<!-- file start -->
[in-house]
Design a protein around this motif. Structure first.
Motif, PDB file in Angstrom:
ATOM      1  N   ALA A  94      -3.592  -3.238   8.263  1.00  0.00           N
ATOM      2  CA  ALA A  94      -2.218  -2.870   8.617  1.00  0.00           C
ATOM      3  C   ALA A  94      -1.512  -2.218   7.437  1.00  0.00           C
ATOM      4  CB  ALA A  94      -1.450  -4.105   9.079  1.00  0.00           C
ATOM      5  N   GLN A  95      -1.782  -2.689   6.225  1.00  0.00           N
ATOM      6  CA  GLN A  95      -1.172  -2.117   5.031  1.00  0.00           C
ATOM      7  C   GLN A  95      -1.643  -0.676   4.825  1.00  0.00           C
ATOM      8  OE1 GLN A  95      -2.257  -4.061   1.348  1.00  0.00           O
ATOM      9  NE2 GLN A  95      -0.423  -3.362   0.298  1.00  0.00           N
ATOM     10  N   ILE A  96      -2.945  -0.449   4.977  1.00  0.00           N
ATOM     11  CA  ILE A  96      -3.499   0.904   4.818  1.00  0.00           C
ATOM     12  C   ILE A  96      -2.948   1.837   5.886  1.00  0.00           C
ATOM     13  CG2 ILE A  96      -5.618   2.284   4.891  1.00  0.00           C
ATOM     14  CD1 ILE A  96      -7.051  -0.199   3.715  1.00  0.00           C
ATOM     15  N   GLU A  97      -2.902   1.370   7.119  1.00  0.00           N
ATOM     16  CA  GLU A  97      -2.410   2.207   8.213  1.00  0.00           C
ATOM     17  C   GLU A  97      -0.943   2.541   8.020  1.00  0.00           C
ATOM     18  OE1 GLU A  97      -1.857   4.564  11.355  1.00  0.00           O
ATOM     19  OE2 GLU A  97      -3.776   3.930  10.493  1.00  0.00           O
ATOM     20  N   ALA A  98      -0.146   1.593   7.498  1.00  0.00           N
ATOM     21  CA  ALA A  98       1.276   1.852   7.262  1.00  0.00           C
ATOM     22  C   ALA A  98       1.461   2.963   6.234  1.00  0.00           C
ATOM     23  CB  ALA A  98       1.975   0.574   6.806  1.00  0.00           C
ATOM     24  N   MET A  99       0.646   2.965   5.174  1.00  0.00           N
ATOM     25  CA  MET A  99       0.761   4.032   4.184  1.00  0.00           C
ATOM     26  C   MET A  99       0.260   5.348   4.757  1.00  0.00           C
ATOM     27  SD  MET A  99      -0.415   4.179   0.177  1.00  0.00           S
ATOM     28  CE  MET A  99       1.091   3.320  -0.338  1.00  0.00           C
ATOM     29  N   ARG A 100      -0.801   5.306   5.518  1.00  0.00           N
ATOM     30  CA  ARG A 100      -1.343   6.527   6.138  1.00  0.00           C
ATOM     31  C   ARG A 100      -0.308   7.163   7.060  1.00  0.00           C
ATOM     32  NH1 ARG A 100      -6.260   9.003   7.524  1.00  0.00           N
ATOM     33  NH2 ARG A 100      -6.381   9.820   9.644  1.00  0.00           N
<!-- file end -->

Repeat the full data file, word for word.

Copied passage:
[in-house]
Design a protein around this motif. Structure first.
Motif, PDB file in Angstrom:
ATOM      1  N   ALA A  94      -3.592  -3.238   8.263  1.00  0.00           N
ATOM      2  CA  ALA A  94      -2.218  -2.870   8.617  1.00  0.00           C
ATOM      3  C   ALA A  94      -1.512  -2.218   7.437  1.00  0.00           C
ATOM      4  CB  ALA A  94      -1.450  -4.105   9.079  1.00  0.00           C
ATOM      5  N   GLN A  95      -1.782  -2.689   6.225  1.00  0.00           N
ATOM      6  CA  GLN A  95      -1.172  -2.117   5.031  1.00  0.00           C
ATOM      7  C   GLN A  95      -1.643  -0.676   4.825  1.00  0.00           C
ATOM      8  OE1 GLN A  95      -2.257  -4.061   1.348  1.00  0.00           O
ATOM      9  NE2 GLN A  95      -0.423  -3.362   0.298  1.00  0.00           N
ATOM     10  N   ILE A  96      -2.945  -0.449   4.977  1.00  0.00           N
ATOM     11  CA  ILE A  96      -3.499   0.904   4.818  1.00  0.00           C
ATOM     12  C   ILE A  96      -2.948   1.837   5.886  1.00  0.00           C
ATOM     13  CG2 ILE A  96      -5.618   2.284   4.891  1.00  0.00           C
ATOM     14  CD1 ILE A  96      -7.051  -0.199   3.715  1.00  0.00           C
ATOM     15  N   GLU A  97      -2.902   1.370   7.119  1.00  0.00           N
ATOM     16  CA  GLU A  97      -2.410   2.207   8.213  1.00  0.00           C
ATOM     17  C   GLU A  97      -0.943   2.541   8.020  1.00  0.00           C
ATOM     18  OE1 GLU A  97      -1.857   4.564  11.355  1.00  0.00           O
ATOM     19  OE2 GLU A  97      -3.776   3.930  10.493  1.00  0.00           O
ATOM     20  N   ALA A  98      -0.146   1.593   7.498  1.00  0.00           N
ATOM     21  CA  ALA A  98       1.276   1.852   7.262  1.00  0.00           C
ATOM     22  C   ALA A  98       1.461   2.963   6.234  1.00  0.00           C
ATOM     23  CB  ALA A  98       1.975   0.574   6.806  1.00  0.00           C
ATOM     24  N   MET A  99       0.646   2.965   5.174  1.00  0.00           N
ATOM     25  CA  MET A  99       0.761   4.032   4.184  1.00  0.00           C
ATOM     26  C   MET A  99       0.260   5.348   4.757  1.00  0.00           C
ATOM     27  SD  MET A  99      -0.415   4.179   0.177  1.00  0.00           S
ATOM     28  CE  MET A  99       1.091   3.320  -0.338  1.00  0.00           C
ATOM     29  N   ARG A 100      -0.801   5.306   5.518  1.00  0.00           N
ATOM     30  CA  ARG A 100      -1.343   6.527   6.138  1.00  0.00           C
ATOM     31  C   ARG A 100      -0.308   7.163   7.060  1.00  0.00           C
ATOM     32  NH1 ARG A 100      -6.260   9.003   7.524  1.00  0.00           N
ATOM     33  NH2 ARG A 100      -6.381   9.820   9.644  1.00  0.00           N